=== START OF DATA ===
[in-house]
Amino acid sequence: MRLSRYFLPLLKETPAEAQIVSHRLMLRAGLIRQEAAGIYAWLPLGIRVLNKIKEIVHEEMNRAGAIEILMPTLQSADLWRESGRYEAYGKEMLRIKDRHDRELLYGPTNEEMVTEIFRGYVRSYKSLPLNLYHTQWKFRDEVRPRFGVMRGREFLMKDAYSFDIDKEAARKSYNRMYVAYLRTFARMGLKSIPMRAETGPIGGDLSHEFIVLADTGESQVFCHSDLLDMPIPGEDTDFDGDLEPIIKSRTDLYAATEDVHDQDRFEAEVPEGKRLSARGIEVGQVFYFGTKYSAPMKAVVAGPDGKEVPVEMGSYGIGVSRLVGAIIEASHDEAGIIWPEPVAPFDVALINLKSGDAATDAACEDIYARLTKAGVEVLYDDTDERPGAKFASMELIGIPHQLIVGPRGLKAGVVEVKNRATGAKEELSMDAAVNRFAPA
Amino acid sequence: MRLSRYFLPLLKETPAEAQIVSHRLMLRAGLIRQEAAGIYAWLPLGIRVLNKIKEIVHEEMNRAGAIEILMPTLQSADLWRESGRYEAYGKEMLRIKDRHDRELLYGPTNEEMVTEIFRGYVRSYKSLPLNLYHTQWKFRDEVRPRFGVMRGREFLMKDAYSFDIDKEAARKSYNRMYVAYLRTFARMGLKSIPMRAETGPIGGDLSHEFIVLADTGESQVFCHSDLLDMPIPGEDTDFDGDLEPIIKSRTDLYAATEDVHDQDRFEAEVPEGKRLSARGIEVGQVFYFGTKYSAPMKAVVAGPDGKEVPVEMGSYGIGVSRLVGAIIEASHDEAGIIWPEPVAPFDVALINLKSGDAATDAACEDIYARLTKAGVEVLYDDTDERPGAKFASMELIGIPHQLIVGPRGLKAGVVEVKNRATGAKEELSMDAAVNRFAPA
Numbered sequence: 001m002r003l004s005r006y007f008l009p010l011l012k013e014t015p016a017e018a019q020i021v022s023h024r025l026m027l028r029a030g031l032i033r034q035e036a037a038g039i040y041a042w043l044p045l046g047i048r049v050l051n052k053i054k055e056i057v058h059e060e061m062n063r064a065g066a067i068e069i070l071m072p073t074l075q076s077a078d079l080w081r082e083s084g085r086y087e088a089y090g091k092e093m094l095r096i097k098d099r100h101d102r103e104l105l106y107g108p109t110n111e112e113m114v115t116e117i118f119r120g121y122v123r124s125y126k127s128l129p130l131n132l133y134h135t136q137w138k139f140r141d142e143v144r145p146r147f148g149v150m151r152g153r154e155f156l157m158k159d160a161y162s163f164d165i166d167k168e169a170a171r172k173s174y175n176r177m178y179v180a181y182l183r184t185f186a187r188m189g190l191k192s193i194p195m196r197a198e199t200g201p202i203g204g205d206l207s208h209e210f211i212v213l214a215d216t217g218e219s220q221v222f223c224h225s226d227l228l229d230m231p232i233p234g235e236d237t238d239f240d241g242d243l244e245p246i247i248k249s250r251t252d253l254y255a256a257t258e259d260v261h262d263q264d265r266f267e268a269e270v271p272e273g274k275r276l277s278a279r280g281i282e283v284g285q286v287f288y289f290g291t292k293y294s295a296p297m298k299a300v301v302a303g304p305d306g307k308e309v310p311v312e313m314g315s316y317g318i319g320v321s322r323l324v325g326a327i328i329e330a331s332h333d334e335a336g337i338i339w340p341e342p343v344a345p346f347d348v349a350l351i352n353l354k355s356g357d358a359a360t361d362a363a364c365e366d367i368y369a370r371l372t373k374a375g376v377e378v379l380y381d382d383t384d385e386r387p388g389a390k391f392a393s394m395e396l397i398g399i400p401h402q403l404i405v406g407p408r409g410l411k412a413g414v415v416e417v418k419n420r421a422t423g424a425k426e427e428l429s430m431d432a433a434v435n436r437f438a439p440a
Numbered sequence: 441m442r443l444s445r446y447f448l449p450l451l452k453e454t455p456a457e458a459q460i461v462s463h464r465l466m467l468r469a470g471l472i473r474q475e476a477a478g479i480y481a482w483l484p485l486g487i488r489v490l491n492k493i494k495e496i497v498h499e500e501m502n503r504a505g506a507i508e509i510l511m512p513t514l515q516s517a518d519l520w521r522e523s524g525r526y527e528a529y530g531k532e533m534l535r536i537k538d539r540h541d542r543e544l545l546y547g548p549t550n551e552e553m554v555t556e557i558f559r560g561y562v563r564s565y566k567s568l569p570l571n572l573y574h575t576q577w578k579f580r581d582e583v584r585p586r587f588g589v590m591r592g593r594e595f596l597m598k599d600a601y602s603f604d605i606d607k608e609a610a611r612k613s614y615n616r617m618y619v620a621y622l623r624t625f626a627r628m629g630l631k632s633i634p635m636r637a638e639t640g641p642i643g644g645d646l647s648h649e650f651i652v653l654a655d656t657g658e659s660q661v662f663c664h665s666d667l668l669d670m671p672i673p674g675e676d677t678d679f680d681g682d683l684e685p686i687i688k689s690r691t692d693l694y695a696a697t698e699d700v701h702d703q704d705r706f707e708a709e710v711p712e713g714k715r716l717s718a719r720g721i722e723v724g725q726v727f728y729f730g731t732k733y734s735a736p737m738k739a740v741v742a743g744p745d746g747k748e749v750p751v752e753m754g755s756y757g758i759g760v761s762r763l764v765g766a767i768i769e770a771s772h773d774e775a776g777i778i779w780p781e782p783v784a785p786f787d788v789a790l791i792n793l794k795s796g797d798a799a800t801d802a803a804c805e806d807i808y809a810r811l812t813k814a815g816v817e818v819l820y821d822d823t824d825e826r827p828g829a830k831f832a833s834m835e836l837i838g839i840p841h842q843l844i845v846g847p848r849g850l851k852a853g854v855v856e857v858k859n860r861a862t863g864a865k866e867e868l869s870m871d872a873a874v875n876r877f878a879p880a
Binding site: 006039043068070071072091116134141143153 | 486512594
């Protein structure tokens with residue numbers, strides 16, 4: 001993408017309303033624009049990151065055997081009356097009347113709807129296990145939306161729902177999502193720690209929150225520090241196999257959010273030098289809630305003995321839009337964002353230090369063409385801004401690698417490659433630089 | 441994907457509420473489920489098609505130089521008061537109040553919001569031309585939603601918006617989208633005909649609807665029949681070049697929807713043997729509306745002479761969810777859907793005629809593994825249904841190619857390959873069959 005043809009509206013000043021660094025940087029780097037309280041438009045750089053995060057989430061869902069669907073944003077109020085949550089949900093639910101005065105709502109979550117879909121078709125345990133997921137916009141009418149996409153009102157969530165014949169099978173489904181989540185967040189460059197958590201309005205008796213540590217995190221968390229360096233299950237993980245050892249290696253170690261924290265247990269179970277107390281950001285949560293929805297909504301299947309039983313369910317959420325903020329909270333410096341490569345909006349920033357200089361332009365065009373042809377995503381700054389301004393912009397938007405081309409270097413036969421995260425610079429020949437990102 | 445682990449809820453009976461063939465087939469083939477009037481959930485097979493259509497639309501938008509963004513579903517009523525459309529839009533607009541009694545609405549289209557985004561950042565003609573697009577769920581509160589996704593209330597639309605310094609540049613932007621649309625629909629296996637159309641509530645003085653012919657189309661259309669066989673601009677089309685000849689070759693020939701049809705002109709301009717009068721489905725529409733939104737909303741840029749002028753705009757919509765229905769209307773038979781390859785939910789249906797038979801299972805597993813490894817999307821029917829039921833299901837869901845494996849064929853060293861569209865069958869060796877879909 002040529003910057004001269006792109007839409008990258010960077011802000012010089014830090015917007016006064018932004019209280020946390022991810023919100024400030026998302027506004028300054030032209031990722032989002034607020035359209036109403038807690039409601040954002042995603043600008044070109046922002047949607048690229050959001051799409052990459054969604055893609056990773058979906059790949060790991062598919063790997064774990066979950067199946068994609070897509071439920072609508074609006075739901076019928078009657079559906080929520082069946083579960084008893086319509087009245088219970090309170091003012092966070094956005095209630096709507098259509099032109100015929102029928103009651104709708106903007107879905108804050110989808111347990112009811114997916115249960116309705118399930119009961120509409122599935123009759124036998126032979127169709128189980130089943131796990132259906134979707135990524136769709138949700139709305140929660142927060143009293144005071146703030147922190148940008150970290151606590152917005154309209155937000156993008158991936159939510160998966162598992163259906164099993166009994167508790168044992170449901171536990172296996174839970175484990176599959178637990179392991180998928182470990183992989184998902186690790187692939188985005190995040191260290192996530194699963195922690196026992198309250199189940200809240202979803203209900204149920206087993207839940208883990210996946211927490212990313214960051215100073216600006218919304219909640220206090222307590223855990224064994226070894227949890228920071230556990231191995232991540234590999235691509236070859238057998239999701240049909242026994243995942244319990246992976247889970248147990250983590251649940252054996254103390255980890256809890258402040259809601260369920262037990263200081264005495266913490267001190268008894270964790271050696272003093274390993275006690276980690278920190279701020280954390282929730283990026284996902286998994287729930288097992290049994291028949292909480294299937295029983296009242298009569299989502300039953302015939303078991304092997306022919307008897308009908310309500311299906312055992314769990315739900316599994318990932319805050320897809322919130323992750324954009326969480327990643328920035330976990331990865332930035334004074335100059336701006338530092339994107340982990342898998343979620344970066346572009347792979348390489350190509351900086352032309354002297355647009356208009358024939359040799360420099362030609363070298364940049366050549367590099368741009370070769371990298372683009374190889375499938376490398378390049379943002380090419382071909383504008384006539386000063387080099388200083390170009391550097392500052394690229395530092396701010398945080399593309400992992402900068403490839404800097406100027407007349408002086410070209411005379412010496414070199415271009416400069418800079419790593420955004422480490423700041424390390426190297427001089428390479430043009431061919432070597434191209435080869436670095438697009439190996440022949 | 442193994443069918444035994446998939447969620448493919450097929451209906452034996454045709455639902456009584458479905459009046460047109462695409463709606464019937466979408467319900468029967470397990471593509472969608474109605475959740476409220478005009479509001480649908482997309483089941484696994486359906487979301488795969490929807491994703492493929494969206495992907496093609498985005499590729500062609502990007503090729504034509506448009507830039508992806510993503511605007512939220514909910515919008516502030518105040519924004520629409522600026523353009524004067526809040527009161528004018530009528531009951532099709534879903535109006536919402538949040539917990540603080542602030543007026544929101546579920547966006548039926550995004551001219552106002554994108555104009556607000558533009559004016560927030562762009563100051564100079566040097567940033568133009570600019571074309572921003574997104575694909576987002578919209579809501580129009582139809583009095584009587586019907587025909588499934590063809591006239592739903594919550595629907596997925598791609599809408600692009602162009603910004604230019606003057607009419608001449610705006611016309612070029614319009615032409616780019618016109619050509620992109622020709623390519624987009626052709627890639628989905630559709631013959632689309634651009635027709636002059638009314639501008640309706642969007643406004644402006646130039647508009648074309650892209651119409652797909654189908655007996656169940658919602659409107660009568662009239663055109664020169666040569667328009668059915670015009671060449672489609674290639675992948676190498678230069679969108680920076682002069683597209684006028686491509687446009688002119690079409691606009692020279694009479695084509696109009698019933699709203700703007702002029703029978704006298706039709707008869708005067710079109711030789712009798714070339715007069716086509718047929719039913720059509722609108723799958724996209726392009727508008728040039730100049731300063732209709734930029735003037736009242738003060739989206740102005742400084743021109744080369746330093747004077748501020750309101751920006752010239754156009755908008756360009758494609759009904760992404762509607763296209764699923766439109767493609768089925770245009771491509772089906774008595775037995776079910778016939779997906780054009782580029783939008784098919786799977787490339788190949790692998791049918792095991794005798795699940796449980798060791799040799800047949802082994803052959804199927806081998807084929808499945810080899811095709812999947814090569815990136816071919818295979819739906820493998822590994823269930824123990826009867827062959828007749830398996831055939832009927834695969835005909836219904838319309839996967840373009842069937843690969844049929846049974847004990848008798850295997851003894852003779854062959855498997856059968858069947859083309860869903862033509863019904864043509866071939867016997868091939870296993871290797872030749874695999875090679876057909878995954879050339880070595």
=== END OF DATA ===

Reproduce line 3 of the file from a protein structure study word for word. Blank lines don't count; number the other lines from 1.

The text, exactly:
Amino acid sequence: MRLSRYFLPLLKETPAEAQIVSHRLMLRAGLIRQEAAGIYAWLPLGIRVLNKIKEIVHEEMNRAGAIEILMPTLQSADLWRESGRYEAYGKEMLRIKDRHDRELLYGPTNEEMVTEIFRGYVRSYKSLPLNLYHTQWKFRDEVRPRFGVMRGREFLMKDAYSFDIDKEAARKSYNRMYVAYLRTFARMGLKSIPMRAETGPIGGDLSHEFIVLADTGESQVFCHSDLLDMPIPGEDTDFDGDLEPIIKSRTDLYAATEDVHDQDRFEAEVPEGKRLSARGIEVGQVFYFGTKYSAPMKAVVAGPDGKEVPVEMGSYGIGVSRLVGAIIEASHDEAGIIWPEPVAPFDVALINLKSGDAATDAACEDIYARLTKAGVEVLYDDTDERPGAKFASMELIGIPHQLIVGPRGLKAGVVEVKNRATGAKEELSMDAAVNRFAPA